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Balane

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Balane

1. 1. NATIONAL COLLEGE OF SCIENCE AND TECHNOLOGY Amafel Building, Aguinaldo Highway Dasmariñas City, Cavite Experiment No. 3 ACTIVE LOW-PASS and ACTIVE HIGH-PASS FILTERS Balane, Maycen M. July 14, 2011 Signal Spectra and Signal Processing/BSECE 41A1 Score: Engr. Grace Ramones Instructor
2. 2. OBJECTIVES: 1. Plot the gain-frequency response and determine the cutoff frequency of a second- order (two-pole) low-pass active filter. 2. Plot the gain-frequency response and determine the cutoff frequency of a second- order (two-pole) high-pass active filter. 3. Determine the roll-off in dB per decade for a second-order (two-pole) filter. 4. Plot the phase-frequency response of a second-order(two-pole) filter.
3. 3. SAMPLE COMPUTATIONS: Computation for Voltage Gain based on measured AdB: AdB = 20 log A 4.006 = 20 log A 10 4.006 20 = 𝐴 = 1.586 AdB = 20 log A 3.776 = 20 log A 10 3.776 20 = 𝐴 A = 1.5445 Computation for Voltage Gain based circuit components: 𝐴 𝑣 = 1 + 𝑅1 𝑅2 = 1 + 5.86 𝑘Ω 10 𝑘Ω = 1.586 Computation for percentage difference: % 𝑑𝑖𝑓𝑓𝑒𝑟𝑒𝑛𝑐𝑒 = | 1.586 − 1.586 1.586 | 𝑥 100 = 0% %𝑑𝑖𝑓𝑓𝑒𝑟𝑒𝑛𝑐𝑒 = | 5.321 𝑘𝐻𝑧 − 5305.16477 𝐻𝑧 5.321 𝑘𝐻𝑧 | 𝑥 100 = 2.98% % 𝑑𝑖𝑓𝑓𝑒𝑟𝑒𝑛𝑐𝑒 = | 1.5445 − 1.586 1.5445 | 𝑥 100 = 0.26% Computation cut-off frequency based on circuit components: 𝑓𝑐 = 1 2𝜋𝑅𝐶 = 1 2𝜋(30 𝑘Ω)(0.001 𝜇𝐹) = 5305.16477 Hz 𝑓𝑐 = 1 2𝜋𝑅𝐶 = 1 2𝜋(1 𝑘Ω)(1 𝑝𝐹) = 159.1549 MHz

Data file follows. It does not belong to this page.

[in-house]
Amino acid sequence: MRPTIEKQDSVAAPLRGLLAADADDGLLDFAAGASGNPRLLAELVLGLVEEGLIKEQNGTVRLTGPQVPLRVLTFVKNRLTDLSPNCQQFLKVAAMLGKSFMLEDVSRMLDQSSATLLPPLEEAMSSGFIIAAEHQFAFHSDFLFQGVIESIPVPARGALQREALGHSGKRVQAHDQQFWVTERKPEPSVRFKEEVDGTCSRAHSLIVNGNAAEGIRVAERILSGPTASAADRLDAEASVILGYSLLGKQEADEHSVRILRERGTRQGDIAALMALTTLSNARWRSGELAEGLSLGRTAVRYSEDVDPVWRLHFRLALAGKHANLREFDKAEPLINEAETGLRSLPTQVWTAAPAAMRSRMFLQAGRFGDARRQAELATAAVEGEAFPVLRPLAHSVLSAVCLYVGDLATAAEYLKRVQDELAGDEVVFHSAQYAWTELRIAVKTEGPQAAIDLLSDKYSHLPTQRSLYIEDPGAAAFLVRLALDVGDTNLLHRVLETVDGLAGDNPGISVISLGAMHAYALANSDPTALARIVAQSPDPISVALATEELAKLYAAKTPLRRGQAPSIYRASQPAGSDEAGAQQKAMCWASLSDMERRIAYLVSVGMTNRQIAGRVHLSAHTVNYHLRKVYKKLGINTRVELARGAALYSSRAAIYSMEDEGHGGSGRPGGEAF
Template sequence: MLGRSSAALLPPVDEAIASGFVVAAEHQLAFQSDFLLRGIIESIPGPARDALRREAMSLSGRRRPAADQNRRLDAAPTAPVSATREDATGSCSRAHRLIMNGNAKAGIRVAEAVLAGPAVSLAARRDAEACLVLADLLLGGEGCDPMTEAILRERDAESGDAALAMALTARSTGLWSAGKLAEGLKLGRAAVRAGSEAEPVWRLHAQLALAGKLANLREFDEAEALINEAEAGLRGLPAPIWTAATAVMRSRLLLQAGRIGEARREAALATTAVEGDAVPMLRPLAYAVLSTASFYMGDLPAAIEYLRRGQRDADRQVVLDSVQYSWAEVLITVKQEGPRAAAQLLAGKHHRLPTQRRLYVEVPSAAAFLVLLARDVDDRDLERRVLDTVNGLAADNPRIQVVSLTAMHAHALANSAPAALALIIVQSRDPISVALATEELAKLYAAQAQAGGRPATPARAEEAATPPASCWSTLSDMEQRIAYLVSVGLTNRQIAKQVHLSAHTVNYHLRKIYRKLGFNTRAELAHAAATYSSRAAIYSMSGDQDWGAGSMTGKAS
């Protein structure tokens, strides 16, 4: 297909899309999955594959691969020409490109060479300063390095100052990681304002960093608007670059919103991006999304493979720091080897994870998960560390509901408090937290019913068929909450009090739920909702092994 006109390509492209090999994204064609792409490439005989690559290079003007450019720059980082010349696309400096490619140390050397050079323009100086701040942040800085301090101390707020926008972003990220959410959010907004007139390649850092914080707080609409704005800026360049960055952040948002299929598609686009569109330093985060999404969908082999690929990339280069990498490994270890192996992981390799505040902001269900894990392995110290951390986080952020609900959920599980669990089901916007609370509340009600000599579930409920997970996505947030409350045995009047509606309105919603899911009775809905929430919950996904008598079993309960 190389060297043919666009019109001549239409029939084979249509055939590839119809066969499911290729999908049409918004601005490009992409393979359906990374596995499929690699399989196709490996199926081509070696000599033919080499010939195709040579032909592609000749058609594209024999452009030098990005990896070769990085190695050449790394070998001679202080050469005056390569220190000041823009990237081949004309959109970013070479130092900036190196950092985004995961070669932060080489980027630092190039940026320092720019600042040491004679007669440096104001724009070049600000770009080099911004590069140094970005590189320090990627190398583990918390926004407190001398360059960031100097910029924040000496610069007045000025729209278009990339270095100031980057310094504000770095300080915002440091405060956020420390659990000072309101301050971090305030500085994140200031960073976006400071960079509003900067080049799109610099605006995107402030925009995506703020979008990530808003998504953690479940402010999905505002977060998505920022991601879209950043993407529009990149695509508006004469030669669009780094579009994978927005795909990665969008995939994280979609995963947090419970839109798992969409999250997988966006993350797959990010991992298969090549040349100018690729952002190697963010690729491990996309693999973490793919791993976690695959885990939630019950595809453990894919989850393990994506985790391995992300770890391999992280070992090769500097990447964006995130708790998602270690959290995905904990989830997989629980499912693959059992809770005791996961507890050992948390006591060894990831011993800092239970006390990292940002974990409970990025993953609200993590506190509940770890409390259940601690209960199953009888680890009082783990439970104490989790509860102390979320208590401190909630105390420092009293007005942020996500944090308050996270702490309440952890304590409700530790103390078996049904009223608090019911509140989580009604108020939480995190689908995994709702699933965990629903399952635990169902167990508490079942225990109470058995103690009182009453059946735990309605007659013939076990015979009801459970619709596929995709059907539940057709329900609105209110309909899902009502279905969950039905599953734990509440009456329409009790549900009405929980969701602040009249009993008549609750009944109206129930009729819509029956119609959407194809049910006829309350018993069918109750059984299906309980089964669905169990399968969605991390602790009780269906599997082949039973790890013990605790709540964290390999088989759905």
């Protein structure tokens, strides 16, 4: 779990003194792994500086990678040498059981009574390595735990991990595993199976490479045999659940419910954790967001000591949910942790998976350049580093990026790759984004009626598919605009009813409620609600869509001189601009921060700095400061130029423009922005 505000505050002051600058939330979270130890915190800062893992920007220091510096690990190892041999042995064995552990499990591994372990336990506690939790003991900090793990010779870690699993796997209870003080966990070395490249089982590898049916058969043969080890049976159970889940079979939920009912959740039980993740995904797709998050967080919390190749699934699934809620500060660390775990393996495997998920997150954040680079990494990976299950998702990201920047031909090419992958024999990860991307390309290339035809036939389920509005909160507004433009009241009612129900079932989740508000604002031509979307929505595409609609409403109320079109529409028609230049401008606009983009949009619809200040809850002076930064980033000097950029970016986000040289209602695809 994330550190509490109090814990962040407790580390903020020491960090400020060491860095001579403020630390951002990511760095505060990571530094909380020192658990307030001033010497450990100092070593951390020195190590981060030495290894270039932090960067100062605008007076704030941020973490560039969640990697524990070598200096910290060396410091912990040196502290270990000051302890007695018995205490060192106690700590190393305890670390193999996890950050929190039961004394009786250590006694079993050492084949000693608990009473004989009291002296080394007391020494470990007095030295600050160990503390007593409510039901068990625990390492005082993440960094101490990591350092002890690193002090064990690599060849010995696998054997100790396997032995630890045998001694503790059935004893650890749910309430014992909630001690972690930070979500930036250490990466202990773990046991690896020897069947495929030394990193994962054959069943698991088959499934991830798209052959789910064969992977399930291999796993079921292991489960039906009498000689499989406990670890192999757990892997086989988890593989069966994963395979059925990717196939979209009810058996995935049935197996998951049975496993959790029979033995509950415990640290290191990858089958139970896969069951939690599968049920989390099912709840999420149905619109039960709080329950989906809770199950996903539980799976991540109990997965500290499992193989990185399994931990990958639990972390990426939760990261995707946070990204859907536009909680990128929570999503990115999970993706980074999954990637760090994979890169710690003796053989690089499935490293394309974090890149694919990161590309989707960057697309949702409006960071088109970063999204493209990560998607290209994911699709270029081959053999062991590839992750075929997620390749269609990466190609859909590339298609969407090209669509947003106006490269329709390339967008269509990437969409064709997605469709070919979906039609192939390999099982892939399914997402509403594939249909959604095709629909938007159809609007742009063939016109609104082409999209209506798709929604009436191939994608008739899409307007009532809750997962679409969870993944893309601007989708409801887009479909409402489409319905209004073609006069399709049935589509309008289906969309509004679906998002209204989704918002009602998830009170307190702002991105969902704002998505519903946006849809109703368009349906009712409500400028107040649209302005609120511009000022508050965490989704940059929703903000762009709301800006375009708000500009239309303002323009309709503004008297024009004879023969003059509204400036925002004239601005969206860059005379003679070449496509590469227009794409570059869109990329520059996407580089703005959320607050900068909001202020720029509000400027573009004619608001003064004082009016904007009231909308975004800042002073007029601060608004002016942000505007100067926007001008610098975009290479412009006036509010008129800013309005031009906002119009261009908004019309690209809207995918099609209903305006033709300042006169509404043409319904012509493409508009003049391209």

4. 4. DATA SHEET: MATERIALS One function generator One dual-trace oscilloscope One LM741 op-amp Capacitors: two 0.001 µF, one 1 pF Resistors: one 1kΩ, one 5.86 kΩ, two 10kΩ, two 30 kΩ THEORY In electronic communications systems, it is often necessary to separate a specific range of frequencies from the total frequency spectrum. This is normally accomplished with filters. A filter is a circuit that passes a specific range of frequencies while rejecting other frequencies. Active filters use active devices such as op-amps combined with passive elements. Active filters have several advantages over passive filters. The passive elements provide frequency selectivity and the active devices provide voltage gain, high input impedance, and low output impedance. The voltage gain reduces attenuation of the signal by the filter, the high input prevents excessive loading of the source, and the low output impedance prevents the filter from being affected by the load. Active filters are also easy to adjust over a wide frequency range without altering the desired response. The weakness of active filters is the upper-frequency limit due to the limited open-loop bandwidth (funity) of op-amps. The filter cutoff frequency cannot exceed the unity-gain frequency (funity) of the op-amp. Ideally, a high-pass filter should pass all frequencies above the cutoff frequency (fc). Because op-amps have a limited open-loop bandwidth (unity-gain frequency, funity), high-pass active filters have an upper-frequency limit on the high-pass response, making it appear as a band-pass filter with a very wide bandwidth. Therefore, active filters must be used in applications where the unity-gain frequency (funity) of the op-amp is high enough so that it does not fall within the frequency range of the application. For this reason, active filters are mostly used in low-frequency applications. The most common way to describe the frequency response characteristics of a filter is to plot the filter voltage gain (Vo/Vin)in dB as a function of frequency (f). The frequency at which the output power gain drops to 50% of the maximum value is called the cutoff frequency (fc). When the output power gain drops to 50%, the voltage gain drops 3 dB (0.707 of the maximum value). When the filter dB voltage gain is plotted as a function of frequency using straight lines to approximate the actual frequency response, it is called a Bode plot. A Bode plot is an ideal plot of filter frequency response because it assumes that the voltage gain remains constant in the passband until the cutoff frequency is reached, and then drops in a straight line. The filter network voltage gain in dB is calculated from the actual voltage gain (A) using the equation AdB = 20 log A